When I was a toddler – I’ve been told – I was very curious. I guess my imagination led me to do things I probably shouldn’t have at that age.
My parents always tell me stories of how I would just disappear to venture through “the woods.” We lived in the countryside of Juana Diaz at the time.
Or how I would stand on top of a table and mimic speeches I watched on TV. And of course, tossing stuff around. Trying to find ways to break things; only to try to find the means to put them together again.
From what I gather, I was a kid with a wild imagination. Just waiting for it to go bonkers, develop things and whatnot. Unfortunately, things did not go that way.
Once I started to meet new people, I faced a harsh reality: if I wanted to make friends, I had to get rid of my imagination. Because, apparently, my vision made me seem childish. And for the six and seven-year-old tough guys that were in my school, that was a no-no.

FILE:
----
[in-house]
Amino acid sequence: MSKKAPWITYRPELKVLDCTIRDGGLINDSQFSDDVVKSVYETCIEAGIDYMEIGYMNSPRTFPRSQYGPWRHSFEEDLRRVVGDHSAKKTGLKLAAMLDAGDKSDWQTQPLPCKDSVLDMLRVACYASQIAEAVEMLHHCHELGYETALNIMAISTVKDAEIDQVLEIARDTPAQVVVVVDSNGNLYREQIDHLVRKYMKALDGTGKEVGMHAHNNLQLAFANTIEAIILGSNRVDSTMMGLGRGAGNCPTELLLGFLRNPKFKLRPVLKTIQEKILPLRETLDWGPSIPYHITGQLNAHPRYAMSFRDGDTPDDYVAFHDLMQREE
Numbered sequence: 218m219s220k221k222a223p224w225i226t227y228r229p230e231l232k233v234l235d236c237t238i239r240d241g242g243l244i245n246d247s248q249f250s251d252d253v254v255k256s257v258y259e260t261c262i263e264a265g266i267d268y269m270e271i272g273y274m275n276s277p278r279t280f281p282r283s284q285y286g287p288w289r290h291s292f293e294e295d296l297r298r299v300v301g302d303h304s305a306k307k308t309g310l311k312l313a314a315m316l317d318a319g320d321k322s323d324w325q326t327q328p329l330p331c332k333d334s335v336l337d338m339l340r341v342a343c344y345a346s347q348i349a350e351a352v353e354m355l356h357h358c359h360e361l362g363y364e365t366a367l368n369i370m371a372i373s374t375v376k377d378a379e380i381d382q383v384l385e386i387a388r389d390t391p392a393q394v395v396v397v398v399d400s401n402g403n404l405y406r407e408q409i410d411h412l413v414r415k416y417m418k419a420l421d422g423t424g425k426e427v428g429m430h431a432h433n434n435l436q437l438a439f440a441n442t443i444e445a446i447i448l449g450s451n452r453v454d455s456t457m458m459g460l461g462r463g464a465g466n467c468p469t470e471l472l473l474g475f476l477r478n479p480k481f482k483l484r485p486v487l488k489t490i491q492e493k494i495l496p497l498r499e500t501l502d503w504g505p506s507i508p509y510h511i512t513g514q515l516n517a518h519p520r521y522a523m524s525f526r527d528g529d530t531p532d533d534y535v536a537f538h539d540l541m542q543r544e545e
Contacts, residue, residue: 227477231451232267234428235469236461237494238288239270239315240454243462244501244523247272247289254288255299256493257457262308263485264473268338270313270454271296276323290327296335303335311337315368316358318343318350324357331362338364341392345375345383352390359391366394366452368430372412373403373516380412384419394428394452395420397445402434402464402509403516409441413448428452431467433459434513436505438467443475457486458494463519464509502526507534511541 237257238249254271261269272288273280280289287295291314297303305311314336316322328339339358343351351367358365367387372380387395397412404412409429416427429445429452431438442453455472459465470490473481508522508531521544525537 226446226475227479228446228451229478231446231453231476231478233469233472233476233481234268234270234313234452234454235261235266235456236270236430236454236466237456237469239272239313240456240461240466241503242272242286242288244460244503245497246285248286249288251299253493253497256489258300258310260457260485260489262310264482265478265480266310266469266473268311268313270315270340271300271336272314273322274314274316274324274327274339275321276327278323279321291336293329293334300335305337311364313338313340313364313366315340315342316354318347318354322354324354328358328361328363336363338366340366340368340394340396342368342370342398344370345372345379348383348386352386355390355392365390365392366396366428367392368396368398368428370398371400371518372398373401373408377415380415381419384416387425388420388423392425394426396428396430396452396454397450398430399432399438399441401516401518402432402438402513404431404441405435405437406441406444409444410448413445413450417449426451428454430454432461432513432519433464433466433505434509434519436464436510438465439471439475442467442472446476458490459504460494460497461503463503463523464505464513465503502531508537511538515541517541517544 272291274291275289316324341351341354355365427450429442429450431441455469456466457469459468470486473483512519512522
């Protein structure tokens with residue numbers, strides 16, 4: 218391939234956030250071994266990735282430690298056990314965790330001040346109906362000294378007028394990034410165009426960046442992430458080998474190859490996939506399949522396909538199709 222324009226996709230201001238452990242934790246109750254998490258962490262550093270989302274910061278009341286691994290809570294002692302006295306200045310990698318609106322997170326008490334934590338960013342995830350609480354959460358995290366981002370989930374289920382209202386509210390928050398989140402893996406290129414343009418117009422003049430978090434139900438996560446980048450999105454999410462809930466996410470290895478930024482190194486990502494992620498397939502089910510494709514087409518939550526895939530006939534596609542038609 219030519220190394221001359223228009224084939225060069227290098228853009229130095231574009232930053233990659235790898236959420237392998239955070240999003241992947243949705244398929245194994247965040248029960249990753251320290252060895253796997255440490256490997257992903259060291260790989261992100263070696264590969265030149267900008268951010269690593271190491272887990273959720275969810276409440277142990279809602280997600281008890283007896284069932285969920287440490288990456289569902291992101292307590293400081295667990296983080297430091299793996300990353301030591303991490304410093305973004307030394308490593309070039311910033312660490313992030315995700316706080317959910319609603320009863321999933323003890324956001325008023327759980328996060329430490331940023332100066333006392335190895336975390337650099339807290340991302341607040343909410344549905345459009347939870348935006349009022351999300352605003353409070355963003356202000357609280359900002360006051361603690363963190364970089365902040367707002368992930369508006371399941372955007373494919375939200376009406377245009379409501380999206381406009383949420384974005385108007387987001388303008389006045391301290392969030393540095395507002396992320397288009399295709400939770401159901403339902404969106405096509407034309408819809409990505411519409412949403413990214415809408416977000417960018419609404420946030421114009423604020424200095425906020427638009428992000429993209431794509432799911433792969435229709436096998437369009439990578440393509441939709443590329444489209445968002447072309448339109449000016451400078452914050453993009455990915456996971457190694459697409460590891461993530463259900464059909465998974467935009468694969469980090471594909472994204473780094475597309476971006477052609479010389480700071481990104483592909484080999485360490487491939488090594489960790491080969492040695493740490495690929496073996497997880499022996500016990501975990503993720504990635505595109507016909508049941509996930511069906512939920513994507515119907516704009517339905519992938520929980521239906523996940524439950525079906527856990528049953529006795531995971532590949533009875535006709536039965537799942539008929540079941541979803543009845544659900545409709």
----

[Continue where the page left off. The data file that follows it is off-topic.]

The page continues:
So, as time went on, my personality changed, and I became as dull and as vanilla as you could get. Just to make an attempt at fitting in. Whether or not I was successful, I’m not sure to this day. But one thing I do know – now I regret not giving my imagination the room it needed to express itself and go wild during my childhood.
It wasn’t until I started doing professional wrestling that I realized the value of having a vivid imagination. Of having the creativity to present (via acting, painting, or other artistic forms) a picture that people will remember for. And the satisfaction that comes with people approaching you and saying “I LOVE what you did!”. Especially if you follow the compliment with a fat check. 🙂
As time passed, I realized the value of imagination. In fact, (I dare say that) without the people who think of things that seem impossible to create, we wouldn’t live in the advanced civilization we have.[Read more…]